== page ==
What also interested me was the fact that the article alluded to the ways in which the different political-economic factors that underlie the production of either of the two companies’ CPU ranges impact on the products that they end up making. AMD is tied to another company with respect to some of its research and development, and this hampers its ability to reduce the size of the circuitry in its processors, amongst other things.

The outcome of all of this research is that if you’ve got your heart set on gaming and you want to spend modestly, I recommend buying an Intel i5 3470, 3570 or 3570K. Pursuant to the excel spreadsheet that I compiled below, you can purchase any one of these CPUs online, in Perth, for about $AUD200 each. However, if you are strapped for cash, or you have very little interest in the whizz-bang-pop-shazam-look-at-me-I’m-Bethezda-I’ve-been-making-the-same-game-for-decades-and-my-logo-sucks and you just want to edit videos and/or render 3D models, any of the well-performing AMD CPUs are more than capable of the job. It’s worth reiterating that the sheer pricetag of these AMD chips does much to commend themselves to the impecunious gamer.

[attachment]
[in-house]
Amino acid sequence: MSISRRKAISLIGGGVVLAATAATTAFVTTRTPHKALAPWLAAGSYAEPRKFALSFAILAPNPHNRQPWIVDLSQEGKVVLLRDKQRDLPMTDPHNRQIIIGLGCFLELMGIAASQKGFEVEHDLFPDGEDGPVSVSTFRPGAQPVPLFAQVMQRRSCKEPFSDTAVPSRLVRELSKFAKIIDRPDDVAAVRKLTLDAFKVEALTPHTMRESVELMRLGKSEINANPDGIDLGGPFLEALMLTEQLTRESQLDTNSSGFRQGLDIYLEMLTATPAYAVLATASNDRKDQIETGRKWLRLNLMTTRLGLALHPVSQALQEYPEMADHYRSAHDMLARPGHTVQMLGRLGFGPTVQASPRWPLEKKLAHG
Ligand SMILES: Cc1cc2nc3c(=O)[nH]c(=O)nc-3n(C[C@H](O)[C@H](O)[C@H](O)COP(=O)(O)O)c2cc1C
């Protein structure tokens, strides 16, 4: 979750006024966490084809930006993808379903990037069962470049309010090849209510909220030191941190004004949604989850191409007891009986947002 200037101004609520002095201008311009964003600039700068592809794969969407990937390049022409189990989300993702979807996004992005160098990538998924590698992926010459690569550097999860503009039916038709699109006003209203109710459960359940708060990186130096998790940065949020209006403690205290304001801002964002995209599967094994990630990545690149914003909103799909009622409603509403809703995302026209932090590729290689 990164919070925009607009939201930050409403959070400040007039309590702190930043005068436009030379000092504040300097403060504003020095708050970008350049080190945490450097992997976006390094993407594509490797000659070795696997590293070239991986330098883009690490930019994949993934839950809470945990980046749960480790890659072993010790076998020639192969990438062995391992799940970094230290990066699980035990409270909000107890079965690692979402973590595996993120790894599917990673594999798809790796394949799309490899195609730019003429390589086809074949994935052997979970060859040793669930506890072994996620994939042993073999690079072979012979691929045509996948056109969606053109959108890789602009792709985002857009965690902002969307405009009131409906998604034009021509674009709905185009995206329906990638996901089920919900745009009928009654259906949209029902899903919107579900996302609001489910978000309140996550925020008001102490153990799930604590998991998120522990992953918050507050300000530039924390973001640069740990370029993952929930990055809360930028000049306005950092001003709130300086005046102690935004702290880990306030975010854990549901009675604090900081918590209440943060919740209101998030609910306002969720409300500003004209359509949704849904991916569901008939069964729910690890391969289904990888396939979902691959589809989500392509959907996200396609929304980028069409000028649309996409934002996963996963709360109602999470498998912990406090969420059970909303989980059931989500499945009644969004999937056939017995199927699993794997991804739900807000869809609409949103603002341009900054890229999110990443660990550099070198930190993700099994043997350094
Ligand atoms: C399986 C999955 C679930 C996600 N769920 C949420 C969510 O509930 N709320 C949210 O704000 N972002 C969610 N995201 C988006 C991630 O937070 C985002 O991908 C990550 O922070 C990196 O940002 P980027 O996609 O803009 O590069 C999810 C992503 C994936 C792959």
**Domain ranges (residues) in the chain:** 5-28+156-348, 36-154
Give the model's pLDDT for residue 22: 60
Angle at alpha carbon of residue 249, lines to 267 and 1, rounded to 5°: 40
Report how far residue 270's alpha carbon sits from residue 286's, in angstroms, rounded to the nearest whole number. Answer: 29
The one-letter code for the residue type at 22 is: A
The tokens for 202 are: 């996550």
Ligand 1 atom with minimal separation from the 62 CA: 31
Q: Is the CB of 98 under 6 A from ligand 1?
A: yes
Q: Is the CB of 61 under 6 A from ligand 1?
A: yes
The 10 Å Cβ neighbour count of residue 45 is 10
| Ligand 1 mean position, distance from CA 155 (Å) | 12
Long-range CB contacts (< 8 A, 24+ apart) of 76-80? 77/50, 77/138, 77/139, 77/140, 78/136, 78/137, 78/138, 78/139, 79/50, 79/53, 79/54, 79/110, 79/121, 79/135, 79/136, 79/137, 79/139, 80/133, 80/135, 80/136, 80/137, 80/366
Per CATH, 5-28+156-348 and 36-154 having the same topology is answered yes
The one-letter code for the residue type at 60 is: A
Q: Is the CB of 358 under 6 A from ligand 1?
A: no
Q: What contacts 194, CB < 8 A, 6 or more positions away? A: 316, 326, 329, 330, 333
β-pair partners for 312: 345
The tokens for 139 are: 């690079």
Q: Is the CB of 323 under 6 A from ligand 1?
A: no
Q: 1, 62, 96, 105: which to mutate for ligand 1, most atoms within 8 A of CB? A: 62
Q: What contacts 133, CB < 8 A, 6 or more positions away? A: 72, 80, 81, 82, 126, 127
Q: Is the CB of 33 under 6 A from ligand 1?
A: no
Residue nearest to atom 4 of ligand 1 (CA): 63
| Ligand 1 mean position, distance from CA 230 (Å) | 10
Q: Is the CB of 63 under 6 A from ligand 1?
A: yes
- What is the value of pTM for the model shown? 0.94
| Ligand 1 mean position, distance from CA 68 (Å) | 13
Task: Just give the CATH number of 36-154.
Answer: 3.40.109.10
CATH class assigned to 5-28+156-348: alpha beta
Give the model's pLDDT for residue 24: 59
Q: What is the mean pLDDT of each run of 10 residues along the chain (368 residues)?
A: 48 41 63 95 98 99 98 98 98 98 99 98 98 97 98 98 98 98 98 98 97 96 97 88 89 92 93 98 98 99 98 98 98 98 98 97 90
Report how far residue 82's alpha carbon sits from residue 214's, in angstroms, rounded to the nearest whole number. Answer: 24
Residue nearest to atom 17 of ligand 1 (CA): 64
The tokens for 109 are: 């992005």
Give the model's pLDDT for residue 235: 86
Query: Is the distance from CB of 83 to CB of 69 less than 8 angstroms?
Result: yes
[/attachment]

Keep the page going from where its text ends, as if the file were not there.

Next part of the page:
This data about the different CPUs under $200 (inclusive) available in Perth might also interest the reader. On Sheet 2 can be found graphical representations of the relationship between the processors’ price, and aggregated processing power.


Read this fantastic review about the brilliant game Spelunky. I reckon the substance of the article hits the right tone so well that I think you should direct yourself to the author’s profile, where you’ll find a list of the articles she’s written for the website

Another Bundle

Seems like there are a couple more of these bundles around than it seems.

Sonic Dimensions

There’s been a bit of noice over at retrocollect about the new Sonic Adventure-esque fan-made game Sonic Dimensions. The gameplay is more or less exactly the same as the old Adventure series, but it builds on the old platform, adding in a few more mechanics.

Scrumble Ship

A recent indie game bundle sale (where you contribute whatever amount of economic value you see fit) put me onto quite an interesting indie project called Scrumble Ship. The idea behind the game is that it simulates the most realistic space combat possible. It has a kickstarter profile here, and a facebook profile here.

The concept is intriguing! For most purposes it seems like Minecraft set in space, but perhaps it could make use of some Star Trek-esque mechanics?

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Yet Another (Really Good) Half-Life Mod

This mod has copped a bit of criticism for still being a little ‘unpolished’, but from what I’ve seen of Cry of Fear, not only is the Half-Life engine still freaking awesome, but it goes to show that you don’t have to be a huge-arse game corporation to develop an incredibly immersive and engaging video game.

I might go and pull up a list of good Half-Life mods that have been handed down throughout the ages.